On Wednesday afternoon, the New York Mets would not deny their reported interest in the top position player still remaining on the free-agent market—former Atlanta Braves center fielder Michael Bourn.
According to a report from ESPN's Adam Rubin, a league source with knowledge of the team's plans would not rule out a potential Bourn signing. There are no true leadoff hitters on the roster, and Bourn's price would likely be way down—both factors that likely draw general manager Sandy Alderson closer.
If that's really the case, it's a foolish move for a franchise that is in clear rebuilding mode.
However, Ken Rosenthal reported on Twitter that the Mets didn't have any chance at making a run at Bourn after Rubin's initial report:
Either way, one person familiar with #Mets doubts team will meet Scott Boras' price for Bourn. "Zero chance," he said.— Ken Rosenthal (@Ken_Rosenthal) January 24, 2013
Reports are just that—reports. The Mets have gone back and forth on their reported interest, but if they've let it leak that Bourn is a possibility, he'll be a possibility until he signs with another team.
It's not that Bourn isn't a good fit for this ballclub. He's young, he's a proven talent in a position of clear need for New York and his sense of desperation to arrive at a big league locker room will likely drive down his price—even with noted salary con-man Scott Boras working his contract situation.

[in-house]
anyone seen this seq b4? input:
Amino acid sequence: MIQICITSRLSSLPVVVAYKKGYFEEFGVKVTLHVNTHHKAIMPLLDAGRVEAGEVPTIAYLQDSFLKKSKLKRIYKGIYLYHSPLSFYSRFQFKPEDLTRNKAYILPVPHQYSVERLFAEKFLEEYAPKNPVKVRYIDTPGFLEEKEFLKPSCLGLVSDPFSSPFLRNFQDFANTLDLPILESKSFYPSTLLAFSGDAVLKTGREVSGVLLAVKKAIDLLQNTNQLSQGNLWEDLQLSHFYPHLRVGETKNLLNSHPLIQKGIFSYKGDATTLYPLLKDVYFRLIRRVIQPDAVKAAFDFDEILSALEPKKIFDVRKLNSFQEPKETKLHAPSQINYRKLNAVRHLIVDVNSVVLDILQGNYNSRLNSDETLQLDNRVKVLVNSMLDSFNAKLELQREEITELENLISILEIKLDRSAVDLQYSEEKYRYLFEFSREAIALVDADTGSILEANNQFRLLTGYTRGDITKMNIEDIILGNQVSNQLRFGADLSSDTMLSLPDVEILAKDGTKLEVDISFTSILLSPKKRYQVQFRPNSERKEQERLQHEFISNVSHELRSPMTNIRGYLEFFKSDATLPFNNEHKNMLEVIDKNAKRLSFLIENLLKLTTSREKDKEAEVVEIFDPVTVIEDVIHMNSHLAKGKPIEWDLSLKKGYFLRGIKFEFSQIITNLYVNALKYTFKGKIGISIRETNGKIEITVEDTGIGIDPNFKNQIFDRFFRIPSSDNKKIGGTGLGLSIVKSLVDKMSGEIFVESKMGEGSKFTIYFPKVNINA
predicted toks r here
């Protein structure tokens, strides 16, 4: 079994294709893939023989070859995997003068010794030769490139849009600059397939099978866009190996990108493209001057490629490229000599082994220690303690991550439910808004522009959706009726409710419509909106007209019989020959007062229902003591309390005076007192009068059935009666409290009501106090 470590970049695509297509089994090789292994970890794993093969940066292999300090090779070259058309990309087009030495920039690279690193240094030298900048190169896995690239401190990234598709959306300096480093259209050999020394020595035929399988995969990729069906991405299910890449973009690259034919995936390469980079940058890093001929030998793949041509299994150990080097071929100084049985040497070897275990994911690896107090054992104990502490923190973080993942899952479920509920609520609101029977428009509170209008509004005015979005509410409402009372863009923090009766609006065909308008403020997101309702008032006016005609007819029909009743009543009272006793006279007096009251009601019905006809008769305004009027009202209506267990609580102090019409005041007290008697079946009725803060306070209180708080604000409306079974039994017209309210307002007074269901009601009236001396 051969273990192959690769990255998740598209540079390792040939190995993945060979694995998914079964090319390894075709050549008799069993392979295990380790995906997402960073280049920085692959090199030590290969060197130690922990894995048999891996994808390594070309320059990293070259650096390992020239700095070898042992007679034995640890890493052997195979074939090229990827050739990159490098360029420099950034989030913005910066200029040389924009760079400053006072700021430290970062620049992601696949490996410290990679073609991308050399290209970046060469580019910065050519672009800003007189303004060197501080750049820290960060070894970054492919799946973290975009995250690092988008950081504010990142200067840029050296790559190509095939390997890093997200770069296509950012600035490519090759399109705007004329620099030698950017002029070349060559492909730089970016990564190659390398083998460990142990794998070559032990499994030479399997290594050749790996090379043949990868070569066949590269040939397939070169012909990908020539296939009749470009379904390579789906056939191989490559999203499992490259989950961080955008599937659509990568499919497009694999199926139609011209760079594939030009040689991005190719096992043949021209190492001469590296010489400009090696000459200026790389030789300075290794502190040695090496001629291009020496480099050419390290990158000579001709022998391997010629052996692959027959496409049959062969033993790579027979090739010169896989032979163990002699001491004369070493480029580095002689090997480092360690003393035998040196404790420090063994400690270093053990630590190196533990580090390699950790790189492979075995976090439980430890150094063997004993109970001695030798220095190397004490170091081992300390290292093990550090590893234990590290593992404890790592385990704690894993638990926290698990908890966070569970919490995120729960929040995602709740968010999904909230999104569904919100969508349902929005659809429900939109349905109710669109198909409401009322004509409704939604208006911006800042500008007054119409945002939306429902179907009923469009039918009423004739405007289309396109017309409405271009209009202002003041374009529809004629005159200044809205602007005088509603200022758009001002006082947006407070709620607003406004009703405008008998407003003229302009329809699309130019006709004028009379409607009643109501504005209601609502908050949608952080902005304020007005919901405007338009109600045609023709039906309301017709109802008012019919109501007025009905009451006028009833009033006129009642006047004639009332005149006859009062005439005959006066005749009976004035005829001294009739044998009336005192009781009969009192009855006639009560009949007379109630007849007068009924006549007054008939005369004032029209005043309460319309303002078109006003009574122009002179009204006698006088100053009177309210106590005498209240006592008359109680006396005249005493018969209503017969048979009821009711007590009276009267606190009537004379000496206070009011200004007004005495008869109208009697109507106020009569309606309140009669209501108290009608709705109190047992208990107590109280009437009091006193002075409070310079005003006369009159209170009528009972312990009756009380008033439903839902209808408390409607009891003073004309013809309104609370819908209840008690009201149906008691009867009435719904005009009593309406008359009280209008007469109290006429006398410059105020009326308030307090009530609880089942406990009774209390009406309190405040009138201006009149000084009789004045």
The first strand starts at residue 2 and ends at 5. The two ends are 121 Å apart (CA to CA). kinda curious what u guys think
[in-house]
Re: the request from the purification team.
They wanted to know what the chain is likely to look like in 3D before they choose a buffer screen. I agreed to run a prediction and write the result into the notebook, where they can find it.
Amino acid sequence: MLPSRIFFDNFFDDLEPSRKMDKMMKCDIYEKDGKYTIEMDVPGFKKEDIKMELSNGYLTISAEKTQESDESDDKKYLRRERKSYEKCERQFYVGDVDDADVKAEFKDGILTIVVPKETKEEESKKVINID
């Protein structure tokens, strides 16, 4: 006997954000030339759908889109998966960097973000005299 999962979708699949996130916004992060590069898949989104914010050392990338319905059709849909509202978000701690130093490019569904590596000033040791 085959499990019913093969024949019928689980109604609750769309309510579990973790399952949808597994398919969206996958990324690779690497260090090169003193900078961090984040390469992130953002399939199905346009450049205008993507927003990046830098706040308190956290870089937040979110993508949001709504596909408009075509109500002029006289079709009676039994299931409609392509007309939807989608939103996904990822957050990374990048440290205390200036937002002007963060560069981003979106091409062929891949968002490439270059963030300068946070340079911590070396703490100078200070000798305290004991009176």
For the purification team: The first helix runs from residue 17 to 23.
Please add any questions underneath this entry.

The big picture, something management has lacked vision toward in recent trades and signings, is what makes Bourn off-limits for this team.
The Mets would have to give up their draft pick in the 2013 MLB draft, a pick that is the first unprotected one of the lot. New York had jumped into the top 10, but the Pittsburgh Pirates reclaimed their spot after being unable to sign Mark Appel.
The Mets need to build back up a farm system that ranked No. 25 (according to Baseball America) out of 30 MLB teams in terms of quality prospects and depth across all levels of competition.
Based on the recent versions of how the Mets have fared over the past decade, they need all the help they can get in the farm system so that talent can be translated to big league success.
Is the Mets' interest in Michael Bourn misplaced?
The Mets are coming off their fourth straight season of sub-.500 baseball. In fact, since 2001, the Mets have only been to the postseason once, and that was in 2006 when they missed out on a World Series appearance to the St. Louis Cardinals.
It's disappointing that the Mets would entertain the idea of giving up their 11th overall pick for a player who has yet to impress any of the other teams in need of outfield help (ATL, TEX, SEA). In worse news, two of those teams are contenders, and they don't think Bourn is a good fit to help get to the next level.
Bust or not, that No. 11 pick is worth more than a free agent in this year's class of players. The Mets have done a nice job of clearing payroll and getting back to the right way to run a team, but Bourn's signing would send this team back into the dark depths of mismanagement.
Rosenthal's report appears to have the Mets in the clear, but you never know in New York.
Ethan Grant is a Featured Columnist for B/R's Breaking News Team. Check him out on Twitter.